Historic Water Project Will Have Many Benefits

By: Megan Johnson Email
By: Megan Johnson Email

The Twin Platte Natural Resource District has been looking for offset water to get the Platte River back to the same condition it was in 1997 for several years now.

TPNRD General Manager Kent Miller says not returning enough water could mean costly regulations.

"Regulations mean the producers will not be able to have as large of crops," says Miller. "It's going to impact the entire economy of the Twin Platte Natural Resources District."

But with the help of the Upper, Middle, and Lower Republican NRDs, Twin Platte has a plan.

The four NRDs have formed an inter-local agreements to buy a 19,000 acre farm south of North Platte. They plan to stop irrigating those acres and use pipelines to run the stored water back into the Platte and Republican Rivers.

"It's a win-win situation because this is extra water that we're getting in water short years for the Republican basin to help meet the terms of our commitments to Kansas," says Lower Republican NRD General Manager Mike Clements.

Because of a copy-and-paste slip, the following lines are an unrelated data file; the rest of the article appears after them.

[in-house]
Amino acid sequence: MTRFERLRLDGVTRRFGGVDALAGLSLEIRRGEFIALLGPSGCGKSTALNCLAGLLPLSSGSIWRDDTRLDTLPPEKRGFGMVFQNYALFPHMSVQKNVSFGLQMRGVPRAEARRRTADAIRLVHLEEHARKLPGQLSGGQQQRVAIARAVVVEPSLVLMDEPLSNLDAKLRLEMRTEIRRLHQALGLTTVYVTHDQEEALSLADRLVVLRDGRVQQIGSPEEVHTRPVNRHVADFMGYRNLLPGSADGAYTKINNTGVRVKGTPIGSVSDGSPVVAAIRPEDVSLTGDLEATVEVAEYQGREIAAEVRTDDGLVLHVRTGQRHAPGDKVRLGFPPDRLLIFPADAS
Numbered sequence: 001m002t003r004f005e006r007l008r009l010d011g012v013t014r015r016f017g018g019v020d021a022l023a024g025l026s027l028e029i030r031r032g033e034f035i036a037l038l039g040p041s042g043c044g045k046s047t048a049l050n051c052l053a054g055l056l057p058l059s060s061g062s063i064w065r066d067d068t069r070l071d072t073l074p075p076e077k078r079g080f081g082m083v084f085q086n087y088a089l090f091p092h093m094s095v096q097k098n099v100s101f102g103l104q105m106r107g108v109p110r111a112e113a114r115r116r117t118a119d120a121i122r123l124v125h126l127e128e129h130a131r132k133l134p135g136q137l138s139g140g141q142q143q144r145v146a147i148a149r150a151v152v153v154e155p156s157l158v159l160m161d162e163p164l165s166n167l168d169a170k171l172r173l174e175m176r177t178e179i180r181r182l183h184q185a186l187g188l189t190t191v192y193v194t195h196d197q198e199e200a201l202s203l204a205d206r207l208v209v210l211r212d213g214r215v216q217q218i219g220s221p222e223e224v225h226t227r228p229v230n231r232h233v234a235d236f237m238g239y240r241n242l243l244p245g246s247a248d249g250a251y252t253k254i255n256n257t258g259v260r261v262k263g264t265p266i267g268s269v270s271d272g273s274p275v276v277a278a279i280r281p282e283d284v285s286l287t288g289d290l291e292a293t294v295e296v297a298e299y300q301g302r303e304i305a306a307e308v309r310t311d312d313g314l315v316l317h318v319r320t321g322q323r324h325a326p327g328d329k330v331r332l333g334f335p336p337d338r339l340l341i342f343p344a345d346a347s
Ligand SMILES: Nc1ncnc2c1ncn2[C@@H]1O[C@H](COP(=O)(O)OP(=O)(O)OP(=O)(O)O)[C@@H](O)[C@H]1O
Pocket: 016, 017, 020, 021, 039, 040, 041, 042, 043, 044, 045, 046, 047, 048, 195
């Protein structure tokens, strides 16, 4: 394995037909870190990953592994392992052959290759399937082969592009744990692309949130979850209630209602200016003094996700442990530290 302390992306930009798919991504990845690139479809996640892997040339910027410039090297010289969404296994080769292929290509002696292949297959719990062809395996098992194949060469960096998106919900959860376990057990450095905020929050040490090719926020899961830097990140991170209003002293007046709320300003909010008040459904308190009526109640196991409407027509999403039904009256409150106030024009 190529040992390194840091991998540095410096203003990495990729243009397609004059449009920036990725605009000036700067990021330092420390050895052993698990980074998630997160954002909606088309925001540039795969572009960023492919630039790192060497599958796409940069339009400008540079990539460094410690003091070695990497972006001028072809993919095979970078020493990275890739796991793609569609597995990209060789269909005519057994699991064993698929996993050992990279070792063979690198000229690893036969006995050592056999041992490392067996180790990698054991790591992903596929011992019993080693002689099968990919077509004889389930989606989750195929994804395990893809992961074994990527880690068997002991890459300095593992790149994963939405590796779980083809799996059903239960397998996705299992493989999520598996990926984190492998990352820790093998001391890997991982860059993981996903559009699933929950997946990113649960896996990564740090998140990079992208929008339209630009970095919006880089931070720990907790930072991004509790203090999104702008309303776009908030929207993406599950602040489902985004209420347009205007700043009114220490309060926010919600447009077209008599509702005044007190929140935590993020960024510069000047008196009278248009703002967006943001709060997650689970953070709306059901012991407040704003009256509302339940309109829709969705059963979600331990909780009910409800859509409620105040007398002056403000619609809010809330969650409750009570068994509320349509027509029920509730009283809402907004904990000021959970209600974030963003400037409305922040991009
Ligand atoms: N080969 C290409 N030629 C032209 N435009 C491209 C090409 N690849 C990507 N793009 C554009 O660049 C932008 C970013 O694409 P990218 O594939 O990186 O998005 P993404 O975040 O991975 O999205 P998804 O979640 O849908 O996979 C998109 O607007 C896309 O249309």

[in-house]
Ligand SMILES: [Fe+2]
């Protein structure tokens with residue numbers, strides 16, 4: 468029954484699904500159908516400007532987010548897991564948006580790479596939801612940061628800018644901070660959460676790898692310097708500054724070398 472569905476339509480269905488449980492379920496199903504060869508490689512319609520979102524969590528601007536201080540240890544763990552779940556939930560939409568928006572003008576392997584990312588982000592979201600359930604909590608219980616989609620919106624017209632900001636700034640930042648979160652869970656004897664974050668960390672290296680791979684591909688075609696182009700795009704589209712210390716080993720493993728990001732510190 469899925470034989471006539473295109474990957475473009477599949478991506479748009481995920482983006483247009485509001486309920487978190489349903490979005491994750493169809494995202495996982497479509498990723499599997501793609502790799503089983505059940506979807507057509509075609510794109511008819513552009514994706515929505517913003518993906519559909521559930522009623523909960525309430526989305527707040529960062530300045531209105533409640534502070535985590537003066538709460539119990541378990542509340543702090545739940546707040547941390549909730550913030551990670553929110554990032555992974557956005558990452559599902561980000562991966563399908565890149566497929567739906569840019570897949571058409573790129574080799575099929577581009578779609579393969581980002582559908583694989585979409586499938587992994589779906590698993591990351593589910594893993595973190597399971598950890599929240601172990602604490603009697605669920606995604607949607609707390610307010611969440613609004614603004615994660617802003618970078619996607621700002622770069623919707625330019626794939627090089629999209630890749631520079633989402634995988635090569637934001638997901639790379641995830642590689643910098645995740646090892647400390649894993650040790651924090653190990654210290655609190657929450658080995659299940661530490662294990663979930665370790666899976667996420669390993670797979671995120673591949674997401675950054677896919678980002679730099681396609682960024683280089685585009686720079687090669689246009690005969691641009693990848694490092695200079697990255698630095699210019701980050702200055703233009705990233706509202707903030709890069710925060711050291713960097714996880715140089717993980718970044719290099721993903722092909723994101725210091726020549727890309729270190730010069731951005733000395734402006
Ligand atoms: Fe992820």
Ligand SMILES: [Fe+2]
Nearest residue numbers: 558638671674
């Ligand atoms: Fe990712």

NRD officials say at $83 million plus the cost of the pipelines, it's a cost-effective project they'll pay for using an occupation tax on irrigated acres in the four districts.

Miller says piping the water is necessary because natural seepage takes time and is hard to measure.

"This is real wet water, not water that's identified on a computer model, that will be pumped to the river at the time it provides the most benefit," says Miller.

The NRDs say the agreement came together quickly when the land came on the market last month, but Clements says the timing is perfect after he says the Republican basin suffered through the worst single year drought in its history.

"If we're in normal or dry years we're just going to leave that water in the ground and not pump it and only pump it during times that we have shortages," says Clements.

Miller says finding a good source of offset water is something they've been thinking about for a long time and couldn't pass up what he calls a once-in-a-lifetime opportunity.

"It's rare that you find this many acres in one location and this many acres at the place it is in relationship to the Platte Basin and Republican Basin because it's right on the border between the watersheds," says Miller.

While no official timeline is set, Clements says they hope to have the project up and running as early as next summer.

The NRDs say they'll each own 25% of the farm and say right now plans are to reseed it to native grassland for eventual grazing.


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